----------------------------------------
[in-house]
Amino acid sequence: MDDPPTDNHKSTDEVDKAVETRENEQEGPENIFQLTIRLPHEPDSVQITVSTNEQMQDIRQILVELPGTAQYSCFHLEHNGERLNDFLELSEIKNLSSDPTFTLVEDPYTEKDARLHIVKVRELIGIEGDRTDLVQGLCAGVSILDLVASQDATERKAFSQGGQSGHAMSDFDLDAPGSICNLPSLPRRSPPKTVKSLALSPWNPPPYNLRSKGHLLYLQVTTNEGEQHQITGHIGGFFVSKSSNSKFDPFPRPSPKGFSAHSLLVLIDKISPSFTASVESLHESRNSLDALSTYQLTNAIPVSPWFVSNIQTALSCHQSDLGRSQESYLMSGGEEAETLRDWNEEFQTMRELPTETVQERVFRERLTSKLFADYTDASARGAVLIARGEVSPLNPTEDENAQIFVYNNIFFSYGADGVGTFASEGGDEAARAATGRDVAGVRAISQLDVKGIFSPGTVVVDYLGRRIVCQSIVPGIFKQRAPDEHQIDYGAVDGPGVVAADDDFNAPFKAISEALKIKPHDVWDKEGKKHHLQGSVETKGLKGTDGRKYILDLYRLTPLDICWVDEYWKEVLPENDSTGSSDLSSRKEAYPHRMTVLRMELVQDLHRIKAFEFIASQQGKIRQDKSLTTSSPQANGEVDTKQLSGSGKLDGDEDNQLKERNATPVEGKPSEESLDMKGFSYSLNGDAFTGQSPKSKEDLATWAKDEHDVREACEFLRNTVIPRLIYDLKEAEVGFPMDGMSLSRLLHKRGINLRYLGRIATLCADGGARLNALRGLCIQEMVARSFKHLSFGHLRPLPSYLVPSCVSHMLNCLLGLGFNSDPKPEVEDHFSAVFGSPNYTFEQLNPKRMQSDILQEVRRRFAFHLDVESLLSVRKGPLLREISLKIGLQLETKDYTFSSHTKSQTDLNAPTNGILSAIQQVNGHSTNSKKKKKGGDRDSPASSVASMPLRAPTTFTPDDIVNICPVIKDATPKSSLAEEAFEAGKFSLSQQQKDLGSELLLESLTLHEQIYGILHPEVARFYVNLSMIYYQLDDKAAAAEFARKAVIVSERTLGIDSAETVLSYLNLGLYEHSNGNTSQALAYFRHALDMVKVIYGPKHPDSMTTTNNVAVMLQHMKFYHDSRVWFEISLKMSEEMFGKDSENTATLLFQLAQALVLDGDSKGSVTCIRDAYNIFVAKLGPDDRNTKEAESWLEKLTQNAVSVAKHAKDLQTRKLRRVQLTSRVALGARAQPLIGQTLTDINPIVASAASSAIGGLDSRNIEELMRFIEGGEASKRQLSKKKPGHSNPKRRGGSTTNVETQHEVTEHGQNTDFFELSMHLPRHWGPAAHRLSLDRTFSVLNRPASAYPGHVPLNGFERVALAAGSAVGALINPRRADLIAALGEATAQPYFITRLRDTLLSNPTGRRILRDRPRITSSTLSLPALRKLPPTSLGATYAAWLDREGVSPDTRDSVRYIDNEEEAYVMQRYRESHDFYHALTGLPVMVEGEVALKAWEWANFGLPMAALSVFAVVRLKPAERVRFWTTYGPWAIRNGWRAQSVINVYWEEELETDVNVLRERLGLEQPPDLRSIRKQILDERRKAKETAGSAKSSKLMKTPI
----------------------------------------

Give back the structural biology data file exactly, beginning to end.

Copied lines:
[in-house]
Amino acid sequence: MDDPPTDNHKSTDEVDKAVETRENEQEGPENIFQLTIRLPHEPDSVQITVSTNEQMQDIRQILVELPGTAQYSCFHLEHNGERLNDFLELSEIKNLSSDPTFTLVEDPYTEKDARLHIVKVRELIGIEGDRTDLVQGLCAGVSILDLVASQDATERKAFSQGGQSGHAMSDFDLDAPGSICNLPSLPRRSPPKTVKSLALSPWNPPPYNLRSKGHLLYLQVTTNEGEQHQITGHIGGFFVSKSSNSKFDPFPRPSPKGFSAHSLLVLIDKISPSFTASVESLHESRNSLDALSTYQLTNAIPVSPWFVSNIQTALSCHQSDLGRSQESYLMSGGEEAETLRDWNEEFQTMRELPTETVQERVFRERLTSKLFADYTDASARGAVLIARGEVSPLNPTEDENAQIFVYNNIFFSYGADGVGTFASEGGDEAARAATGRDVAGVRAISQLDVKGIFSPGTVVVDYLGRRIVCQSIVPGIFKQRAPDEHQIDYGAVDGPGVVAADDDFNAPFKAISEALKIKPHDVWDKEGKKHHLQGSVETKGLKGTDGRKYILDLYRLTPLDICWVDEYWKEVLPENDSTGSSDLSSRKEAYPHRMTVLRMELVQDLHRIKAFEFIASQQGKIRQDKSLTTSSPQANGEVDTKQLSGSGKLDGDEDNQLKERNATPVEGKPSEESLDMKGFSYSLNGDAFTGQSPKSKEDLATWAKDEHDVREACEFLRNTVIPRLIYDLKEAEVGFPMDGMSLSRLLHKRGINLRYLGRIATLCADGGARLNALRGLCIQEMVARSFKHLSFGHLRPLPSYLVPSCVSHMLNCLLGLGFNSDPKPEVEDHFSAVFGSPNYTFEQLNPKRMQSDILQEVRRRFAFHLDVESLLSVRKGPLLREISLKIGLQLETKDYTFSSHTKSQTDLNAPTNGILSAIQQVNGHSTNSKKKKKGGDRDSPASSVASMPLRAPTTFTPDDIVNICPVIKDATPKSSLAEEAFEAGKFSLSQQQKDLGSELLLESLTLHEQIYGILHPEVARFYVNLSMIYYQLDDKAAAAEFARKAVIVSERTLGIDSAETVLSYLNLGLYEHSNGNTSQALAYFRHALDMVKVIYGPKHPDSMTTTNNVAVMLQHMKFYHDSRVWFEISLKMSEEMFGKDSENTATLLFQLAQALVLDGDSKGSVTCIRDAYNIFVAKLGPDDRNTKEAESWLEKLTQNAVSVAKHAKDLQTRKLRRVQLTSRVALGARAQPLIGQTLTDINPIVASAASSAIGGLDSRNIEELMRFIEGGEASKRQLSKKKPGHSNPKRRGGSTTNVETQHEVTEHGQNTDFFELSMHLPRHWGPAAHRLSLDRTFSVLNRPASAYPGHVPLNGFERVALAAGSAVGALINPRRADLIAALGEATAQPYFITRLRDTLLSNPTGRRILRDRPRITSSTLSLPALRKLPPTSLGATYAAWLDREGVSPDTRDSVRYIDNEEEAYVMQRYRESHDFYHALTGLPVMVEGEVALKAWEWANFGLPMAALSVFAVVRLKPAERVRFWTTYGPWAIRNGWRAQSVINVYWEEELETDVNVLRERLGLEQPPDLRSIRKQILDERRKAKETAGSAKSSKLMKTPI